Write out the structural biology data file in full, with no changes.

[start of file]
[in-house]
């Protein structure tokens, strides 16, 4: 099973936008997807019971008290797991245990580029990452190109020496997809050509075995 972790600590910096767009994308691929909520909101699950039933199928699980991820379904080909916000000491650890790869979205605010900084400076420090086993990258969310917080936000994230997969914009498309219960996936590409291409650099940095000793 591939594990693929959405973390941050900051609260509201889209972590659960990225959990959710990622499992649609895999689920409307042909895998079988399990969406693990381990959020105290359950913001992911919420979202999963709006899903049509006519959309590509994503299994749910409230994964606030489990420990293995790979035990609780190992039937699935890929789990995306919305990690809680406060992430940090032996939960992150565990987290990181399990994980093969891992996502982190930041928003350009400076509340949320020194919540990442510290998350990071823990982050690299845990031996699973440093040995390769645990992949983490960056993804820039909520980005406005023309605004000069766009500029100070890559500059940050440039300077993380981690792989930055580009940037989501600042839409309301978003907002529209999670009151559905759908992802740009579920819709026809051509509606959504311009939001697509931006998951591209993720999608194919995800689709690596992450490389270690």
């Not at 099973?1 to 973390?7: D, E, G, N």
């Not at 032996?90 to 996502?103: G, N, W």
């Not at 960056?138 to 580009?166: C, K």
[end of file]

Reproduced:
[in-house]
């Protein structure tokens, strides 16, 4: 099973936008997807019971008290797991245990580029990452190109020496997809050509075995 972790600590910096767009994308691929909520909101699950039933199928699980991820379904080909916000000491650890790869979205605010900084400076420090086993990258969310917080936000994230997969914009498309219960996936590409291409650099940095000793 591939594990693929959405973390941050900051609260509201889209972590659960990225959990959710990622499992649609895999689920409307042909895998079988399990969406693990381990959020105290359950913001992911919420979202999963709006899903049509006519959309590509994503299994749910409230994964606030489990420990293995790979035990609780190992039937699935890929789990995306919305990690809680406060992430940090032996939960992150565990987290990181399990994980093969891992996502982190930041928003350009400076509340949320020194919540990442510290998350990071823990982050690299845990031996699973440093040995390769645990992949983490960056993804820039909520980005406005023309605004000069766009500029100070890559500059940050440039300077993380981690792989930055580009940037989501600042839409309301978003907002529209999670009151559905759908992802740009579920819709026809051509509606959504311009939001697509931006998951591209993720999608194919995800689709690596992450490389270690």
């Not at 099973?1 to 973390?7: D, E, G, N």
């Not at 032996?90 to 996502?103: G, N, W």
């Not at 960056?138 to 580009?166: C, K």